The true confessions of a bulb-o-maniac

#409 in a series of true experiences in real estate
November 2002, Hills Newspapers

I’m having the best time with a garden game I made up. Like squirrels hide acorns, I’ve been hiding bulbs, burying them a few at a time in different spots all over the garden.

I haven’t done this, planted in this way, before because it hadn’t occurred to me until recently that I’ve taken bulb planting much too seriously. What I used to do was pore over the bulb catalogs, marking and listing and totaling the costs, usually many times over. Too many fantastic choices, and far too much worry over where I would find room for them. Some years I didn’t order anything, the process, the decisions were so hard.

Always in my mind was the knowledge that my order, my box of bulbs, would very likely be shipped to me at the wrong time. It would be dark and wet and cold outside, and I would not want to go out there to find places for my treasure.

But something changed for me when, a couple of Christmases ago, a friend gifted me with a bag of anemones. It was late for bulb planting, and it was indeed wet and cold in the garden, but I had to plant them. I couldn’t not. So I found a spot and put them in, and because the bulbs are small and the holes don’t have to be very deep, I was done with my task in a trice.

And when they bloomed, not long afterward, in gray February when the view outside my kitchen window is dull, those red, purplish blue, and white flowers completely thrilled me. They were so simply wonderful that I determined to plant more.

I didn’t want to go back to my old ways. I didn’t want that old bad feeling of dread, of a chore that must be done. So I was careful this time – at least at the start. I ordered more anemones, but only 2 bags, 4 dozen, plus 12 daffodils, an old favorite of mine named Geranium. And I asked that they be shipped to me early.

I was glad to see them when they came. It was still summer, still gardening weather. I took the bulbs with me and walked along the paths looking for likely spots. With my trowel, I tried out the density of the dirt. If it was dry and rock hard, I moved on. When I found it possibly diggible, I probed a little deeper.

I looked for little corners, spots near the edge of the paths so that when the flowers bloom, I can get up close to them, see their faces, without stepping into mud. I didn’t mark them. I thought that would be part of the fun. Once they’re underground, I can’t tell what’s there, won’t know until they poke out their tops, and then I’ll be surprised.

I easily found fine spots for the anemones, but the best one for the daffodils, inside a decayed tree stump. The thought of their white petals and deep orange cups bright inside that tree stump made me quite satisfied.

Then one day I was in Costco where I saw racks of bulbs. Thinking how easily I’d planted my earlier acquisitions, I chose some more. This time I brought home 100 orange ranunculus. I was feeling so confident that I took them with me and went directly into the garden after arriving home. I was sure that I could find a home for them.

In fact, it was a little harder to find a spot than it was for the other bulbs because there were so many, and I did, I’m sure, end up planting them far too close together. But, oh well, they’re in, they’ll probably do fine, and I’ll get to see 100 orange ranunculus!

I was feeling pretty jaunty and smug. The change in my attitude had been only slight and yet, so very large. By some miracle, I’d become able to plant bulbs without twitch or worry. I’d just gone right out there and taken care of them.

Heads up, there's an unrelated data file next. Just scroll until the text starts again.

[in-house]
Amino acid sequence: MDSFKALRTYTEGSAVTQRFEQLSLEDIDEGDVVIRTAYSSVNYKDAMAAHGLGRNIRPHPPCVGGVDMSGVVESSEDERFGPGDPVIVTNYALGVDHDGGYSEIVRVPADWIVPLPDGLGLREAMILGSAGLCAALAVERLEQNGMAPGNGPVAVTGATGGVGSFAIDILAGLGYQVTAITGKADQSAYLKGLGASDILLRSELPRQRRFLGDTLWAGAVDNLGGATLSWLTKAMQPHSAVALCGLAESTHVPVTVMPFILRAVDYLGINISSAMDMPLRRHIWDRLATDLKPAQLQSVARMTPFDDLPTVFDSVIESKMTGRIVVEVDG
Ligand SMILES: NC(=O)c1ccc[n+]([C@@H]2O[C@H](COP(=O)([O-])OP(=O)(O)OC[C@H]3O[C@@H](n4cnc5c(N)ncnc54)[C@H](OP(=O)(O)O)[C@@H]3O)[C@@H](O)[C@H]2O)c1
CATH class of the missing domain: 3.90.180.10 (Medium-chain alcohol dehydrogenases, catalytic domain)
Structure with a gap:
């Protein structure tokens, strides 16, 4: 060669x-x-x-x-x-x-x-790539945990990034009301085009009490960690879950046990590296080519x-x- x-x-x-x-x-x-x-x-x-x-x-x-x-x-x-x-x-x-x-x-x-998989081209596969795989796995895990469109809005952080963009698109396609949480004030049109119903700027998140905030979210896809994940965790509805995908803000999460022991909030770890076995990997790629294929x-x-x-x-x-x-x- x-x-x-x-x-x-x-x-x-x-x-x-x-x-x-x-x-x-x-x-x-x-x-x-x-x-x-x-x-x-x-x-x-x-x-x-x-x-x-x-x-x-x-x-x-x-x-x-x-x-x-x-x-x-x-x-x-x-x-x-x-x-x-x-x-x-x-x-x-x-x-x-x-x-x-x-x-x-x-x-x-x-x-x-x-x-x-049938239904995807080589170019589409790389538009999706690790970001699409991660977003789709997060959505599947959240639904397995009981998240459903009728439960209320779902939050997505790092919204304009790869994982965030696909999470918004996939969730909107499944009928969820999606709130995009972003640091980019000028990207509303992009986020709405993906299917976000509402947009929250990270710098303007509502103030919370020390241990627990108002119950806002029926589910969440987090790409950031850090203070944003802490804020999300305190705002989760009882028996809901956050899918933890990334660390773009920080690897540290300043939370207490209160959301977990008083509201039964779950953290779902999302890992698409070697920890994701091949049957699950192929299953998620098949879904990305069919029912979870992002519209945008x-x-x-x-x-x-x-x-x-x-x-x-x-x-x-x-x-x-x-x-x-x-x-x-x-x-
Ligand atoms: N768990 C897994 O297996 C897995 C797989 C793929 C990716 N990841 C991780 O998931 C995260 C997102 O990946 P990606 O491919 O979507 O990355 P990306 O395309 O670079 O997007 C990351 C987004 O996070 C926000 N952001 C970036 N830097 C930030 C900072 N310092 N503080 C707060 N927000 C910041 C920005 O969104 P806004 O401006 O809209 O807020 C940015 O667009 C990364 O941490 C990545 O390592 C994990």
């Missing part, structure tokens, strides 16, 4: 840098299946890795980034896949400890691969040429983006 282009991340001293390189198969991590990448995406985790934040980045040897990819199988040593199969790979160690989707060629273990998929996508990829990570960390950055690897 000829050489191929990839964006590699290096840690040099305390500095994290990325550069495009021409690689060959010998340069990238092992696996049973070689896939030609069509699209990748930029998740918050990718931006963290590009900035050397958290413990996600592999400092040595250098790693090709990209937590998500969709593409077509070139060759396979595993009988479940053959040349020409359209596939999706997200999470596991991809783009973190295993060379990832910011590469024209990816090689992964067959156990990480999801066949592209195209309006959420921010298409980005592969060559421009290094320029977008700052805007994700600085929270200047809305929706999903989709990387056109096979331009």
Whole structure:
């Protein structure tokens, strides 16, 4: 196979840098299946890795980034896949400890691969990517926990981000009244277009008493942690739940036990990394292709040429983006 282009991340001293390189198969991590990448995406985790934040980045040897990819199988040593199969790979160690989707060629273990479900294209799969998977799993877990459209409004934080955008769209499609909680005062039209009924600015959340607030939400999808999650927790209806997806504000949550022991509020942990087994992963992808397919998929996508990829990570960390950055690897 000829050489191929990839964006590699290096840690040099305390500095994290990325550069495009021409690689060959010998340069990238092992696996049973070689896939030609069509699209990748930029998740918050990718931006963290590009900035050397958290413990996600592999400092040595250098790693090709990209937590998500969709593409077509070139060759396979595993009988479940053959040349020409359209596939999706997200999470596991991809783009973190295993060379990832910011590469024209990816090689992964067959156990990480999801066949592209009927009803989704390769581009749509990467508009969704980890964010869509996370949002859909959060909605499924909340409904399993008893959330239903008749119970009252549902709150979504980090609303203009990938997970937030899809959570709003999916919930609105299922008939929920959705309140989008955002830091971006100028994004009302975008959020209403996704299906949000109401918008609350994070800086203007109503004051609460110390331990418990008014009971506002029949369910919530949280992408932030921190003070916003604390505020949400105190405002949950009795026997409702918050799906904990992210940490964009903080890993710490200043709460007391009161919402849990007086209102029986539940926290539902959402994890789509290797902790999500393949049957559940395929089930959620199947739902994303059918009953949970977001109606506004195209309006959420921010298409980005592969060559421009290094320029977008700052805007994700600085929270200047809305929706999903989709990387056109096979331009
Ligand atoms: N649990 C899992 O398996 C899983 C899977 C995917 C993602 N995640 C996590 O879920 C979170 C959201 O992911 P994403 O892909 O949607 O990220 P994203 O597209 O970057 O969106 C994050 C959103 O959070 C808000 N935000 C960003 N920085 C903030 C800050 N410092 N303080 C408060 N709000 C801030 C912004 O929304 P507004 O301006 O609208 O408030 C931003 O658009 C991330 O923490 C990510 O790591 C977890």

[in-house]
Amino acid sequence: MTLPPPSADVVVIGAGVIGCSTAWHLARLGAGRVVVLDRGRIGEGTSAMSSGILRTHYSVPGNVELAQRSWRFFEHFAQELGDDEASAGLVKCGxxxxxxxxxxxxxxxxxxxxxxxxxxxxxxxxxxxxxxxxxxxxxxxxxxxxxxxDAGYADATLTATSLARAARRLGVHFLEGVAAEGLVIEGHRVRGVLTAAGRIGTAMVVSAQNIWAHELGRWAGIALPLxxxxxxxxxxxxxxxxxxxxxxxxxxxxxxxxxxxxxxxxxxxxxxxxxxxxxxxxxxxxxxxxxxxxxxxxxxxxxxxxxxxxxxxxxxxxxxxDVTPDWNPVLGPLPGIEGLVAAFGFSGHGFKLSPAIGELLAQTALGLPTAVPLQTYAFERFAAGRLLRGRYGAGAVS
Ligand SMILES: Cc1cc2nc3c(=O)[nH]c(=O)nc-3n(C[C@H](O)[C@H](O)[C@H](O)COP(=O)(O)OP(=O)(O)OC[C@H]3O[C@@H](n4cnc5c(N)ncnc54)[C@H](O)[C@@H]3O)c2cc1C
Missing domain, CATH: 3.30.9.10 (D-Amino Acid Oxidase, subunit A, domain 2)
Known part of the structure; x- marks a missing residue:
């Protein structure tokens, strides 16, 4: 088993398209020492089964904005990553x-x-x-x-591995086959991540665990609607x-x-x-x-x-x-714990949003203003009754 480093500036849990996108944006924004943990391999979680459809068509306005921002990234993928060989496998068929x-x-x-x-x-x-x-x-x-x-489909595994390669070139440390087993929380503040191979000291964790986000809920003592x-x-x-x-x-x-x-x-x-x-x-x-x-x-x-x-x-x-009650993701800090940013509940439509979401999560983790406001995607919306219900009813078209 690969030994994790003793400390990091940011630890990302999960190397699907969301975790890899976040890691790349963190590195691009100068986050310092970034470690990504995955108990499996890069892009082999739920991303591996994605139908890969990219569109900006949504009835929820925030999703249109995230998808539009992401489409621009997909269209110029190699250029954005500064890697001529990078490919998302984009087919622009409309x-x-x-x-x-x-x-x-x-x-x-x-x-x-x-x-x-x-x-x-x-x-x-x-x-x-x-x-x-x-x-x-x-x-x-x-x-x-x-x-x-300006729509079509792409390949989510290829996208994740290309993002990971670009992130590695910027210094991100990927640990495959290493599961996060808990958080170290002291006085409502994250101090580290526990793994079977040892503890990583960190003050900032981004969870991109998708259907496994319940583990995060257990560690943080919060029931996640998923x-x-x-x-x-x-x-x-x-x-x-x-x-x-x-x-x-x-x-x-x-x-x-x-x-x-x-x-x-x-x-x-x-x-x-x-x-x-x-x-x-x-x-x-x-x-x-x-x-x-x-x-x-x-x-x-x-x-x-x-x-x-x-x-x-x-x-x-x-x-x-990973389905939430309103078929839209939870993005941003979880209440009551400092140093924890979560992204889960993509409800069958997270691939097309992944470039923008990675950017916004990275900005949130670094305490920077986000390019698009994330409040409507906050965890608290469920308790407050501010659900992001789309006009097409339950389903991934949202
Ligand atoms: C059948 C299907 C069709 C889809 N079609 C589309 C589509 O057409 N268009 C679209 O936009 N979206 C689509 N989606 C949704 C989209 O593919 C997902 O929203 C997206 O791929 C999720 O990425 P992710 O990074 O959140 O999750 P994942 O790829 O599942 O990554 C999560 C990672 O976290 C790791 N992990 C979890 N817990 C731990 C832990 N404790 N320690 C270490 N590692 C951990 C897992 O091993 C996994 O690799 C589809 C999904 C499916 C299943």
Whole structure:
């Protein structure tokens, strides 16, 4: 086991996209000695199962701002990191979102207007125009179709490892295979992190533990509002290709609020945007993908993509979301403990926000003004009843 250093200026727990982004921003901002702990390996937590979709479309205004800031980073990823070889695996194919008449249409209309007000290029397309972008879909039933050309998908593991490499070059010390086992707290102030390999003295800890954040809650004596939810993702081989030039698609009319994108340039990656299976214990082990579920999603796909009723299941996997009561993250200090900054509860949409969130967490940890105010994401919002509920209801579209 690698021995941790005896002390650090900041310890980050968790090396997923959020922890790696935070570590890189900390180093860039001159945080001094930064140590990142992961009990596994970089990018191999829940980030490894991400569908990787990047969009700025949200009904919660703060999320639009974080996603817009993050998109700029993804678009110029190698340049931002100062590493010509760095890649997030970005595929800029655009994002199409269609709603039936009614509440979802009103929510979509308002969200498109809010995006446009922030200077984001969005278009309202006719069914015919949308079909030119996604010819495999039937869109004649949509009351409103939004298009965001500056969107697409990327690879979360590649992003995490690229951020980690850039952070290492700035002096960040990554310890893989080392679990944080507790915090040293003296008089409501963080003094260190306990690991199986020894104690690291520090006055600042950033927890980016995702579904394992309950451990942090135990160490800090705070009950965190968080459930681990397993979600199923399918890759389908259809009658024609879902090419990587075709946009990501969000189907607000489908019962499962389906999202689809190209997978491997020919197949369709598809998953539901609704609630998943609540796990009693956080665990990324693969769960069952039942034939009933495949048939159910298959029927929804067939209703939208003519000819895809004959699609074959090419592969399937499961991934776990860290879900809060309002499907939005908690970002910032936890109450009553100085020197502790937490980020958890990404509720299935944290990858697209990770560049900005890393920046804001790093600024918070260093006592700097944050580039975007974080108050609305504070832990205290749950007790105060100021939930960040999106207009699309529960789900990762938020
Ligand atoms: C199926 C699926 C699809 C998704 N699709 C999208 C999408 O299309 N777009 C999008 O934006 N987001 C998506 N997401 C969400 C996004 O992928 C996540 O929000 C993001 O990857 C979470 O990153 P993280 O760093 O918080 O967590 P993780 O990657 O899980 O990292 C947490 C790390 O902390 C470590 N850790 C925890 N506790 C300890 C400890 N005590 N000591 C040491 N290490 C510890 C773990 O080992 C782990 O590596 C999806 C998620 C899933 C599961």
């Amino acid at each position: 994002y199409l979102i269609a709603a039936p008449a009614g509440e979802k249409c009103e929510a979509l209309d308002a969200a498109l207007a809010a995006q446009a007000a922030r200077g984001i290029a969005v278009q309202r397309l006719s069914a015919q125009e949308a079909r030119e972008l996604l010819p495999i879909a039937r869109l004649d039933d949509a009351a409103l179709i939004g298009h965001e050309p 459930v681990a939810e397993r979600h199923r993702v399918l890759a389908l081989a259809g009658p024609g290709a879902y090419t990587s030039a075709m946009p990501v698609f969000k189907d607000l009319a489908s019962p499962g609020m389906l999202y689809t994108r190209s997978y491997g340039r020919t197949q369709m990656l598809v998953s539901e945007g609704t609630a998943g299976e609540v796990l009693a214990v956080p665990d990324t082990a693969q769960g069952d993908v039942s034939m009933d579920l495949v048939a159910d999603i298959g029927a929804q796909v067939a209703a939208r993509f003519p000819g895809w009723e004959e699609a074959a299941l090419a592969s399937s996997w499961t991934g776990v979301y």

That’s when I went on the Internet and kinda lost my mind. This time I ordered 4 lilies, 60 cerise-and-white anemones, 50 ixia, 15 homeria and – the price was so good, they were so pretty in the photo, I couldn’t resist – a jumbo bag of 100 Sundial narcissus. I punched in my credit card number and clicked the submit button.

Uh oh, I thought right afterward. What have I done? Where will I house all those bulbs, especially 100 narcissus Sundial? The lilies won’t be a problem, nor the homeria, and I think I can play my game with the rest.

Placing the narcissus however will be more difficult. They are larger bulbs requiring larger holes, and they don’t like summer water, so I can’t place them in my flower beds. Wow, 100 are a lot of narcissus.

After lengthy consideration and much walking around looking for potential spots, I decide they must stay together, like a big family, in an unused bed at the top of the garden. The weather is still fair, and the ground rather soft. Remarkably, I actually get out my garden fork to turn over the soil in the chosen bed. I even add amendments and fertilizer, turn it over again. I’m very impressed at my pre-preparation.

The shipment is left on my doorstep, a sizeable box, which I bring into the kitchen table to open. Inside are labeled mesh bags, out from which loose bulb skins float. Back in the box they go, and so that I cannot ignore my responsibilities, I leave the box square in the middle of the table.

But not for long. The big bed is waiting and ready. I plant every bulb. It took a bit of time to make the hundred holes, and maybe I didn’t dig them deep enough. Just in case, I added some potting soil on top.

And now I can’t wait till spring when small batches of flowers will surprise me as I turn a corner, appearing seemingly from nowhere. Just imagine, the loudest of all, one hundred yellow Sundial narcissus in a single family group.

This entry was posted in Home Life & Home Maintenance. Bookmark the permalink. Comments are closed, but you can leave a trackback: Trackback URL.

  • Sign up to receive our newspaper columns: